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Blood on the bootleg

Musicians John Doe and Jeff Slate come to Tulsa for a Dylan celebration near the tracks



Launched in 1991, Bob Dylan’s Bootleg Series is a public gateway into his archives. The new edition released this month, The Bootleg Series Vol. 14: More Blood, More Tracks, might prove to be the most important installment yet.

Consisting of alternate recordings from his beloved release, Blood on the Tracks (1975), the Bob Dylan Center will host a celebration of these formerly illicit recordings at the Woody Guthrie Center on Nov. 17. Musicians and music historians John Doe and Jeff Slate will lead the revelry and perform a set in the Guthrie Center’s intimate performance space after discussing Dylan’s work.

In 1975, Dylan once again redefined contemporary popular music with Blood on the Tracks, a maturing in his long career. The album opens with a return to his familiar folk roots, yet several ballads have a timely seventies sound, and other lengthy epics are reminiscent of the prosaic songs from his “electric” period. You could also describe the album as a complete rejection of the labels—folk, political, electric Judas—by which Dylan had always been pigeonholed. But simply put, Dylan delivers his best lyrically and with a reformed sound. However, as serious Dylan fans know, there was more to Blood than those ten original tracks.

With More Blood, More Tracks, fans will be able to reevaluate the record and experience Dylan’s fabled studio process for the first time. The collection comes in several formats and lengths. The track listing of the original album doesn’t match the new digital release, which doesn’t match those of the standard CD/LP physical release. However, the new 6-CD deluxe edition contains every recording that Dylan made during the legendary six days the album took to record and then re-record, in chronological order. It also includes a hardbound book of beautiful photos, with liner notes written by Slate.

Jeff Slate“If you can forget everything you know about Blood on the Tracks and go into this fresh, you’re gonna be surprised at what you learn by hearing the songs and looking at his notebook and just consuming that and letting yourself make your own conclusions,” Slate said.

The greatest difference between the original album and alternate cuts, other than their remastering, is that the selected bootlegs (on the 10-track digital edition) covey a softer, more sincere, and personal tone than the tracks selected in ‘75. Michael Chaiken, curator of the Bob Dylan Archives in Tulsa, said the original album was also pitched up a half-step in post-production by sound engineers at Columbia. These differences are most apparent on outtakes like “Idiot Wind – Take 6,” which is even more listenable than the album version.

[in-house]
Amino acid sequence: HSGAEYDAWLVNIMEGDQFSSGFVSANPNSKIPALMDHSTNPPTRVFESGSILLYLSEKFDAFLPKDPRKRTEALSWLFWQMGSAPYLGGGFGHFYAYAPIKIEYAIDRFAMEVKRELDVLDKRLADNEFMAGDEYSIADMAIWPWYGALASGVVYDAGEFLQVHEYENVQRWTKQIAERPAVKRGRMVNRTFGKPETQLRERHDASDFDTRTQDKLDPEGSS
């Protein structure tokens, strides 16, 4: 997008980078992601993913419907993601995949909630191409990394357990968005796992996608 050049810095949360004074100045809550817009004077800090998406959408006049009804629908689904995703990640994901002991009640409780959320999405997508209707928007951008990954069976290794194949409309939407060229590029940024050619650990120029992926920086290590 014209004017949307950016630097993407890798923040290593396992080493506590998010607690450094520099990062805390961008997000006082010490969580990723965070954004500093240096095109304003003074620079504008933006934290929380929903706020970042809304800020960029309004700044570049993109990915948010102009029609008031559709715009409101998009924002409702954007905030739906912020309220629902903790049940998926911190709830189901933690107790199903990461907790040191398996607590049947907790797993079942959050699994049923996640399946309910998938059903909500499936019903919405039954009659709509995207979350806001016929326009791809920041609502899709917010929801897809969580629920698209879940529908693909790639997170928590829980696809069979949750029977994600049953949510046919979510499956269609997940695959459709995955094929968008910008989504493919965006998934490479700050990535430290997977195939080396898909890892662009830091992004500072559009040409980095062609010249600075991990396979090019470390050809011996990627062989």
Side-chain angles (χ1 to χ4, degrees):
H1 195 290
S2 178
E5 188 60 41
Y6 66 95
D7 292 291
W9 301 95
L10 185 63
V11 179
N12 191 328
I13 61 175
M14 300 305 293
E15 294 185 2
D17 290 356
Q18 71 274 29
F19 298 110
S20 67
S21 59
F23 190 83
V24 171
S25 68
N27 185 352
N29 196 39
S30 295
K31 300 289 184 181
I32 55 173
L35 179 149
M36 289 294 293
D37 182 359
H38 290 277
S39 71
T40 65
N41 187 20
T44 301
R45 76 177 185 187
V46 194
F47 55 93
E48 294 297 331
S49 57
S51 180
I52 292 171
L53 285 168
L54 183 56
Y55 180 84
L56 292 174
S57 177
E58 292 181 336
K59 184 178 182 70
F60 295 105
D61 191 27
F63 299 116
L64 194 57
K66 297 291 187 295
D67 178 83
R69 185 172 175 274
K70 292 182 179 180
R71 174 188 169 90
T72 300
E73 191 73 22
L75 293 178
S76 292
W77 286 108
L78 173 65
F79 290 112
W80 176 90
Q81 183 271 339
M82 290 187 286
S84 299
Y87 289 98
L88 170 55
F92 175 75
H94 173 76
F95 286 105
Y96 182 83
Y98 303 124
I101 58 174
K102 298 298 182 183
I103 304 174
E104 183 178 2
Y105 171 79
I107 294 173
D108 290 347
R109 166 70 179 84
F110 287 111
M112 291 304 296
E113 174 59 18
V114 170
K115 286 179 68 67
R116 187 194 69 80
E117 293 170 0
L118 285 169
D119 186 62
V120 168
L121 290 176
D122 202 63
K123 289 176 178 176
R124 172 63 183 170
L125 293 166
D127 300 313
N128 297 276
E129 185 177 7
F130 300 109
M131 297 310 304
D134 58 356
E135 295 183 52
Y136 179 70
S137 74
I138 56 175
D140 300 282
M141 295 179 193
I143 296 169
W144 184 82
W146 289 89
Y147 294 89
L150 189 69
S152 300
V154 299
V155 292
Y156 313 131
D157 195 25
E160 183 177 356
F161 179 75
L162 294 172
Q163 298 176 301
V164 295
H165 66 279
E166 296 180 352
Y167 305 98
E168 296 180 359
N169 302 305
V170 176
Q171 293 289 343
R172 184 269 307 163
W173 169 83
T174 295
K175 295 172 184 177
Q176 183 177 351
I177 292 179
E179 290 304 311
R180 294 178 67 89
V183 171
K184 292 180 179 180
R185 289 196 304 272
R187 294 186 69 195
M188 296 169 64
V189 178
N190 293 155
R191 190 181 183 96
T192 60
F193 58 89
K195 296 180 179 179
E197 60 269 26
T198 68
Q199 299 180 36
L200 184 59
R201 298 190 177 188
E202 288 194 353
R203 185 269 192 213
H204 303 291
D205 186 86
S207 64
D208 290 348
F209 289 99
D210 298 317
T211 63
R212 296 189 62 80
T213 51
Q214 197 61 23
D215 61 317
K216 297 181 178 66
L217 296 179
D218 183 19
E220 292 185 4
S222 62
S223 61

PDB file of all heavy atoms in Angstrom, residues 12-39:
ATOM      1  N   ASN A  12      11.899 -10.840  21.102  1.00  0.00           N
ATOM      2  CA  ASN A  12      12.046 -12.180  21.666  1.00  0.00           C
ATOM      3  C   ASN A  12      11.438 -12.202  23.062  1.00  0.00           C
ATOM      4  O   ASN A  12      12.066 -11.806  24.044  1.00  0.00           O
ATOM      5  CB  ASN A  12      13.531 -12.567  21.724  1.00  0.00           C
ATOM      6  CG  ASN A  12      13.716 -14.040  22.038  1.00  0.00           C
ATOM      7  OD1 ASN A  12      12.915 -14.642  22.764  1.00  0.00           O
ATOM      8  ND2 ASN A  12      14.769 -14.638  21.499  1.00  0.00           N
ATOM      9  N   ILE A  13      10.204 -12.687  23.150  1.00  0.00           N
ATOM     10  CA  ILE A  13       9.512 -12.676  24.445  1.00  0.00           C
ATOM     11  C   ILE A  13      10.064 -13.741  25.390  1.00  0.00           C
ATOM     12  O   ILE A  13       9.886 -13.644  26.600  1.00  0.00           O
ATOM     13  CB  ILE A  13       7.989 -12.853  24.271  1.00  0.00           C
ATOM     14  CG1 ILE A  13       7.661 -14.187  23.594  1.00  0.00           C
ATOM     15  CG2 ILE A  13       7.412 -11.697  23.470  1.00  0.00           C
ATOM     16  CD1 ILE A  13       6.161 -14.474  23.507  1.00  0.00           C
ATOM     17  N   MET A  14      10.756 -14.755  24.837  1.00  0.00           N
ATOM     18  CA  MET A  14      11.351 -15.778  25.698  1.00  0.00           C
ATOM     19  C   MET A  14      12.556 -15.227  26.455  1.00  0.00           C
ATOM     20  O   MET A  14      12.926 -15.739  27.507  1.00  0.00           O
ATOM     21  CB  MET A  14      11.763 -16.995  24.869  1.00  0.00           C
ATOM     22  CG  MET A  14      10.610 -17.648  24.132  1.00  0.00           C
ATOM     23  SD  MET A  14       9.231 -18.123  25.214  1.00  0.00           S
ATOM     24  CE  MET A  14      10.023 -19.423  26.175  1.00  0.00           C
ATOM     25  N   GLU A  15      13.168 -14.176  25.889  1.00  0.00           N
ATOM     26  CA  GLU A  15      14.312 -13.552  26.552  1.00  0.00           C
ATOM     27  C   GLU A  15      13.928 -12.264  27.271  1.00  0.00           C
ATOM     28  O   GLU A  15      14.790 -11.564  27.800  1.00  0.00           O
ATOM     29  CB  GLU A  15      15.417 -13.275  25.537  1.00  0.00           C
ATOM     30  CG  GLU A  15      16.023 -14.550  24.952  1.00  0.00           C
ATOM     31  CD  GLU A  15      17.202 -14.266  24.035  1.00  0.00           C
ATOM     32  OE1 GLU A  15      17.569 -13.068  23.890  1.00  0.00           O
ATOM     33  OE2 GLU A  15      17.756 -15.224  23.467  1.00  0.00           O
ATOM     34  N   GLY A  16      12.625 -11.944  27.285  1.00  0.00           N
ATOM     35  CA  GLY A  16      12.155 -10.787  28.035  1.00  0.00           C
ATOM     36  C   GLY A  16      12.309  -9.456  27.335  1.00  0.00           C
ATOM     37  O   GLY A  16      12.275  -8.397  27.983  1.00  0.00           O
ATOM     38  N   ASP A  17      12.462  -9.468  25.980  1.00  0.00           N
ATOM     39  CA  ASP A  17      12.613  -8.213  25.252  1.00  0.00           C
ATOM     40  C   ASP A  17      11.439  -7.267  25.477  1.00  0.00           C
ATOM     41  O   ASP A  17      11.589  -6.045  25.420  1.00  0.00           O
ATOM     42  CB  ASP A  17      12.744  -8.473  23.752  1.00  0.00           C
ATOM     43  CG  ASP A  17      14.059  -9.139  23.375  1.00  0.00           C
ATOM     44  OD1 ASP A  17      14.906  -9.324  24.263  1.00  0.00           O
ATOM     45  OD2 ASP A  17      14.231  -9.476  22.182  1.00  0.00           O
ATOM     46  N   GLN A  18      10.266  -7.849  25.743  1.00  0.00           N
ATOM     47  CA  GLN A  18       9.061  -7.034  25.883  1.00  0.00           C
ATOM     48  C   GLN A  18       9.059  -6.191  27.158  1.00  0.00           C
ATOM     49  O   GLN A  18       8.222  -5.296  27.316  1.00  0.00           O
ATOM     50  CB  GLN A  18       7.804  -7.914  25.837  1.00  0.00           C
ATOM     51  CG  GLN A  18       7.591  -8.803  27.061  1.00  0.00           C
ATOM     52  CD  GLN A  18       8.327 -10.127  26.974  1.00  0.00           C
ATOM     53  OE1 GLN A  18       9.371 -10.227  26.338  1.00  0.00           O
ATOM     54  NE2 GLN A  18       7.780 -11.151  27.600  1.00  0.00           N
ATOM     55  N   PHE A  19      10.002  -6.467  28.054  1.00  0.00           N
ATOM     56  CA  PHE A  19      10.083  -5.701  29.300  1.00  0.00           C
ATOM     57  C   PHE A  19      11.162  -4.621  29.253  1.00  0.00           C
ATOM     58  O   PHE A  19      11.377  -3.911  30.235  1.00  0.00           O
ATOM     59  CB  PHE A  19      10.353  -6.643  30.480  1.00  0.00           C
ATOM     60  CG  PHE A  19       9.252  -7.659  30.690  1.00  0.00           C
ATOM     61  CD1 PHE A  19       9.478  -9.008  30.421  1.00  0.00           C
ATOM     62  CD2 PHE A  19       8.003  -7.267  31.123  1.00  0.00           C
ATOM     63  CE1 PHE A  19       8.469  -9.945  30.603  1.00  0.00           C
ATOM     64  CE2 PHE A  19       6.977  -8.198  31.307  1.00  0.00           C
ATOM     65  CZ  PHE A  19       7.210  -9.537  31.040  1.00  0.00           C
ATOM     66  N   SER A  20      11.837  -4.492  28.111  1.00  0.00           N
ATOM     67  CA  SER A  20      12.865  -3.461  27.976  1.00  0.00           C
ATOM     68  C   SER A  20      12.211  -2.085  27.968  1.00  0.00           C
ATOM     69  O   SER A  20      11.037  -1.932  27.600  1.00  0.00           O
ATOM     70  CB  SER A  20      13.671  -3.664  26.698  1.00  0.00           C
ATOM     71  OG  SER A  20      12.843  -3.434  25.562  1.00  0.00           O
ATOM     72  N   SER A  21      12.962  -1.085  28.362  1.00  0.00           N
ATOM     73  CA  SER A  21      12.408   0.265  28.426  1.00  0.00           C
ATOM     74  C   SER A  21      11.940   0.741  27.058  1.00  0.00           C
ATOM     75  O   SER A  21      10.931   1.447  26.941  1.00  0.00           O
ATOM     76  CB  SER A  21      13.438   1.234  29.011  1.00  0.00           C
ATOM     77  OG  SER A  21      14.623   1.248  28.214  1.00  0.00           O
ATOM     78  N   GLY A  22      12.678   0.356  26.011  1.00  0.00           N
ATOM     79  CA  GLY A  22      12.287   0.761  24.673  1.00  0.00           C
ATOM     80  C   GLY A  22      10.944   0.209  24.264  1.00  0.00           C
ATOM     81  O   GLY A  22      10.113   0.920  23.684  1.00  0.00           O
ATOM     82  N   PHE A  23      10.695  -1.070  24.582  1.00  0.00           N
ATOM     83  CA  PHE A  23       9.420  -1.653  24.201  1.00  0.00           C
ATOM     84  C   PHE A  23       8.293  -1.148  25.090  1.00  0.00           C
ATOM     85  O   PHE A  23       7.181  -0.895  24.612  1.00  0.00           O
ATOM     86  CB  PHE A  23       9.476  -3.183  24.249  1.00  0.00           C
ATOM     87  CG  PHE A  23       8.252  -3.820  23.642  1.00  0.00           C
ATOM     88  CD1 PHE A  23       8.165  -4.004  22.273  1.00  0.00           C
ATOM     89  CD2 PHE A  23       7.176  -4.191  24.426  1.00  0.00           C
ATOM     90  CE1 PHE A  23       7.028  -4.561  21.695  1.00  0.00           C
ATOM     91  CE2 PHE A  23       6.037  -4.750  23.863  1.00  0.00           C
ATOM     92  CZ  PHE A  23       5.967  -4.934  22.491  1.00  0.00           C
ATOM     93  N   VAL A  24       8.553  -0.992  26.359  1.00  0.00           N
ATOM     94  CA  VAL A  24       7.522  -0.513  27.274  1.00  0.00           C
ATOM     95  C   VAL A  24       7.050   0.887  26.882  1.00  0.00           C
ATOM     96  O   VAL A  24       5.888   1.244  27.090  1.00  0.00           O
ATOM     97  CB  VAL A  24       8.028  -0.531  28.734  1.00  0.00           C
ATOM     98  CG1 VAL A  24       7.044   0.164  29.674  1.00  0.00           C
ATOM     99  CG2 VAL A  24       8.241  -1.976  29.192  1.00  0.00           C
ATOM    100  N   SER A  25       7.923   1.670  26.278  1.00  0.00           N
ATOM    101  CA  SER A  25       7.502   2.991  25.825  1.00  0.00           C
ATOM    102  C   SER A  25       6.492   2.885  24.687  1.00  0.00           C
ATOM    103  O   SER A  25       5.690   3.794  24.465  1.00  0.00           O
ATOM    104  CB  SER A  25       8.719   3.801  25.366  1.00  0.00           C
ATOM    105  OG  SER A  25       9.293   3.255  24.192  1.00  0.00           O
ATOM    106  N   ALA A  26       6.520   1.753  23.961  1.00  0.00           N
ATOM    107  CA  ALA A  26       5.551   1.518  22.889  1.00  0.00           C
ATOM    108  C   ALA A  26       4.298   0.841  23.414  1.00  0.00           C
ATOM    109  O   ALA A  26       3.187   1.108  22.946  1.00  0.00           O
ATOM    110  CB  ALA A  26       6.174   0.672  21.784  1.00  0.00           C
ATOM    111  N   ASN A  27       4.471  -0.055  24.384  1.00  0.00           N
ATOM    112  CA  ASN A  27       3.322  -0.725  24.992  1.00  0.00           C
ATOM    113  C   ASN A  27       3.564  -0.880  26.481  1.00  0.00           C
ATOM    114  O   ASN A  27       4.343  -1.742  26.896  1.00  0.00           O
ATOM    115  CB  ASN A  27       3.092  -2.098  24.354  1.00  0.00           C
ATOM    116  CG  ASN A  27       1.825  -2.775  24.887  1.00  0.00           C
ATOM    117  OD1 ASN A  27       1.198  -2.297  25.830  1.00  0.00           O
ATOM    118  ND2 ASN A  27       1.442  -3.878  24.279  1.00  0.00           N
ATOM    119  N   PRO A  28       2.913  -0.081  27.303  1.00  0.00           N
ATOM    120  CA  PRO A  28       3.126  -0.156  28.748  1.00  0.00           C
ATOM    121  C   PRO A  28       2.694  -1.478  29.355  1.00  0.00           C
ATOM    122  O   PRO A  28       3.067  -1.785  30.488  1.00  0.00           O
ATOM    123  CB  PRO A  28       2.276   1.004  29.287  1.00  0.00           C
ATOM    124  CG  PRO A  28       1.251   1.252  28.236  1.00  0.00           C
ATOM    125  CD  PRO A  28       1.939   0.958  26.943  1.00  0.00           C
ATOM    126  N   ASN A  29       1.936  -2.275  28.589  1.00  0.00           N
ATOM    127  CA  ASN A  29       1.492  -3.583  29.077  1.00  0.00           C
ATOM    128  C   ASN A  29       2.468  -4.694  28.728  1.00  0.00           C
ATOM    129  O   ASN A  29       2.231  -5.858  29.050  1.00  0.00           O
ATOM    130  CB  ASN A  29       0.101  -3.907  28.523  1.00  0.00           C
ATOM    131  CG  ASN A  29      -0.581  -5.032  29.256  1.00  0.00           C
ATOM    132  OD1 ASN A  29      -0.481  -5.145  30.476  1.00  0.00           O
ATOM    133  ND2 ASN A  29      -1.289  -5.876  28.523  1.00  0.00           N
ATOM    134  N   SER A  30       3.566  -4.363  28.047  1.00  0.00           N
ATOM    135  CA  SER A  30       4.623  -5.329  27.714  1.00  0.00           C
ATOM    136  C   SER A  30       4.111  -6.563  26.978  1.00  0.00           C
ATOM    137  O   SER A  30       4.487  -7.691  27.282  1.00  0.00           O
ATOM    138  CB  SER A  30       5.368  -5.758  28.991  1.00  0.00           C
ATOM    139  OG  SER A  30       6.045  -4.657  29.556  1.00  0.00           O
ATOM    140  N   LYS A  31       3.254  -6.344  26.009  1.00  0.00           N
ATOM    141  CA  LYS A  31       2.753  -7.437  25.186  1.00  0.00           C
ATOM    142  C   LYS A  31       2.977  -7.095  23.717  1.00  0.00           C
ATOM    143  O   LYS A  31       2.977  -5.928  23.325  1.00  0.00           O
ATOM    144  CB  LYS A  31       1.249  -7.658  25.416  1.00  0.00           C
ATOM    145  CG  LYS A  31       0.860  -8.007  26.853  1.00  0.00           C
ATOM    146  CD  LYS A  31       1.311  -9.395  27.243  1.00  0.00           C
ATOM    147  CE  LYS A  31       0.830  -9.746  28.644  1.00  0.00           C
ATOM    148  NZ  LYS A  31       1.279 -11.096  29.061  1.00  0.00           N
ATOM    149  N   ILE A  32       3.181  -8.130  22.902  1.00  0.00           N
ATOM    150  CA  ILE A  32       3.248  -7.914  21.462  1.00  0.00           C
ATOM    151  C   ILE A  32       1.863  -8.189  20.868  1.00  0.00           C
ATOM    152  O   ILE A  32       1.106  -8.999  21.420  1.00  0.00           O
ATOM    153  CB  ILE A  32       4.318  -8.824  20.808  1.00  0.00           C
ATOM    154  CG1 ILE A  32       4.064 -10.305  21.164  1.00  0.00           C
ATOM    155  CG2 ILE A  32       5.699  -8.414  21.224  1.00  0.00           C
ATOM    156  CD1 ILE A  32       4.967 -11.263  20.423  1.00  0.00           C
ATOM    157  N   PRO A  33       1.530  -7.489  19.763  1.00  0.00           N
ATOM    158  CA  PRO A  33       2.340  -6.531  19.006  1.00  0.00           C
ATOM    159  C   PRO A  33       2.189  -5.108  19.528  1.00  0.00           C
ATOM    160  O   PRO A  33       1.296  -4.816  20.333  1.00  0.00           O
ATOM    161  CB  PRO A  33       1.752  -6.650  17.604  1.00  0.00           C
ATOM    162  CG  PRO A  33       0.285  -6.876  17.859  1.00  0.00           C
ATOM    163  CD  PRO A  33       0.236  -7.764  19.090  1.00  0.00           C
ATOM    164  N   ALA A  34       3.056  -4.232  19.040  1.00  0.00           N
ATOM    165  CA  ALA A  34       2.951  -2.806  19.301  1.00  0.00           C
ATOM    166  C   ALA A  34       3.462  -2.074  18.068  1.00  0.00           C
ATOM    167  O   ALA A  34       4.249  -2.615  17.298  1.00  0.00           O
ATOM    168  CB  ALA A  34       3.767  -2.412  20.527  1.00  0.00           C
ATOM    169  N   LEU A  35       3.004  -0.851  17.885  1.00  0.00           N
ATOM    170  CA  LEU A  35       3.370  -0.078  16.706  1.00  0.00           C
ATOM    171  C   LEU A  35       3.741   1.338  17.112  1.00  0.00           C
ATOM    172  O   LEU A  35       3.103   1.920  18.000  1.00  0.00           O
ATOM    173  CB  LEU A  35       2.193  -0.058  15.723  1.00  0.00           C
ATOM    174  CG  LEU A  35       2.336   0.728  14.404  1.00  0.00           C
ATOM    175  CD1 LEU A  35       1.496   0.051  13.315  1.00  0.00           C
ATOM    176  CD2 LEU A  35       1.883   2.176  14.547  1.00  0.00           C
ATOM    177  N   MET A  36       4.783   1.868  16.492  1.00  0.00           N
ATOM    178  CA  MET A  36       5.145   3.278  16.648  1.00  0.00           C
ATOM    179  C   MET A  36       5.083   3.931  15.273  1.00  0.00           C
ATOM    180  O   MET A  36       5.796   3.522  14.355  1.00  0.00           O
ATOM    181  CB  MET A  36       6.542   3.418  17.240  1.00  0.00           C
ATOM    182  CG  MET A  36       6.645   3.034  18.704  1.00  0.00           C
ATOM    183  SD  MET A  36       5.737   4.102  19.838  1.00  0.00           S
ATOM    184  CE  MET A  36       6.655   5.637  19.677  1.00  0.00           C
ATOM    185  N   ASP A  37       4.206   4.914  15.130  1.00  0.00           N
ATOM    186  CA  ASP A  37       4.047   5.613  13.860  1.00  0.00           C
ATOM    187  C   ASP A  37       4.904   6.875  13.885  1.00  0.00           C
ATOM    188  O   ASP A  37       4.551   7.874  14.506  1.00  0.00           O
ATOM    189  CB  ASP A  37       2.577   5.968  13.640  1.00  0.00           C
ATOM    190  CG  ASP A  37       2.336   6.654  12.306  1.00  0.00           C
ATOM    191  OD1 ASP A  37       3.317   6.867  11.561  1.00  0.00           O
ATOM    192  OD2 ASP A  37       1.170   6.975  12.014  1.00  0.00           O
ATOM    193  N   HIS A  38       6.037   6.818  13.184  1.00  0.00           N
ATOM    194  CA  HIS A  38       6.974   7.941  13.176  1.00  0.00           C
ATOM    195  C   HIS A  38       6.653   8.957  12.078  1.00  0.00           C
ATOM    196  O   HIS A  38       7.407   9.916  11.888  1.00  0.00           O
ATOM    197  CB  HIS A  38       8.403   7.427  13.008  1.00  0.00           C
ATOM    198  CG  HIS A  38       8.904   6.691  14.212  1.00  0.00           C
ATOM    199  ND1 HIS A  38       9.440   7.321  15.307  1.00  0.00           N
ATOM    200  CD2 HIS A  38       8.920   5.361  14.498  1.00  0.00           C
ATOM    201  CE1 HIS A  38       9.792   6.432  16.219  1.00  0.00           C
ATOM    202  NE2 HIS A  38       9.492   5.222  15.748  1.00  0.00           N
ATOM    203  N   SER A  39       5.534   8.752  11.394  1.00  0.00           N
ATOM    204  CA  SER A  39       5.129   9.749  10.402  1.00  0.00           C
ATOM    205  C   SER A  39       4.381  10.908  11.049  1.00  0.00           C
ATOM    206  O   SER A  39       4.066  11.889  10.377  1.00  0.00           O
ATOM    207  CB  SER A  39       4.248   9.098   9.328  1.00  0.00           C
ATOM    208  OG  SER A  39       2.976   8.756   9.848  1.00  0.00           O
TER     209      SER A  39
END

Slate first saw Dylan live during the “True Confessions” tour with Tom Petty and the Heartbreakers. Slate was in college at the time. This period is not only important to him personally, it’s an understudied moment of Dylan’s career.

John DoeJohn Doe, co-founder of the Los Angeles punk band, X, will elucidate Blood on the Tracks and its bootleg alongside his friend Slate at the Nov. 17 event. His first encounter with Dylan was quite different from Slate’s.

“The first time I met Bob was in a hotel room after [X] had played in Minneapolis, I think it was ’81,” he said. “Exene [Cervenka] and I had just visited her dad up in northern New York and went fishing, and so I said, meeting Bob for the first time: ‘So what have you been doing?’ and he said, ‘Well I’ve been fishing,’ and I said: ‘Yeah, really? Me too.’ So, we talked about fishing for about 45 minutes.”    

Doe sees a clear relationship between the forms of folk and punk music. “It’s a music for the people that you live with,” he said. “So, if that’s your community then you write songs about that community. The simplicity of punk music, or folk music, that’s at the root of what it was trying to do. It wasn’t about virtuosity—even though there can be moments of that—it was just about getting a feeling out and it being authentic and true. Telling the truth, so that’s where the biggest similarity comes from.”

The truth in Dylan’s music certainly carries over to Doe’s writing and recording with X, who had their own exhibit earlier this year at The Woody Guthrie Center. “I’d say the story part—the beginning, middle, and end—that’s what I try to use from what he’s done,” Doe said.

The Bob Dylan Archive in Tulsa will allow the Dylan community to tread new ground in terms of research. As Doe says, we shouldn’t see Dylan’s career as fixed, because artistically, it never was.

Housed in the collections of the Morgan Library in NYC—and reproduced in the book included with the More Blood deluxe edition—Dylan’s famous red notebook contains working drafts of the songs you hear on the record. (See Slate’s latest piece in The New Yorker for more on this.) Two notebooks held at the Bob Dylan Archive precede this, filled with earlier drafts of the songs that crystalized on the album, and fill the session tapes.

“We’ve got a blue notebook that appears to be the very first iteration of all the songs on Blood on the Tracks,” Chaiken said. “It includes a version of ‘Tangled up in Blue’ that’s something like thirteen pages long. Much different than what ultimately ended up on the record.”

Slate elaborated on Dylan’s process and redefining his art with his celebrated 1975 album: “He’s thinking—‘How can I take Cubism and put it into a four-minute pop song?’” It was a far cry from what other musicians of the period were doing, or for that matter, what anyone has done since.

An Evening with Jeff Slate & John Doe
Sat., Nov. 17, 7-9 P.M.
Woody Guthrie Center
102 E. M.B. Brady St.

Advance tickets are available for $20 by calling: (918) 574-2710 or at the Woody Guthrie Center.

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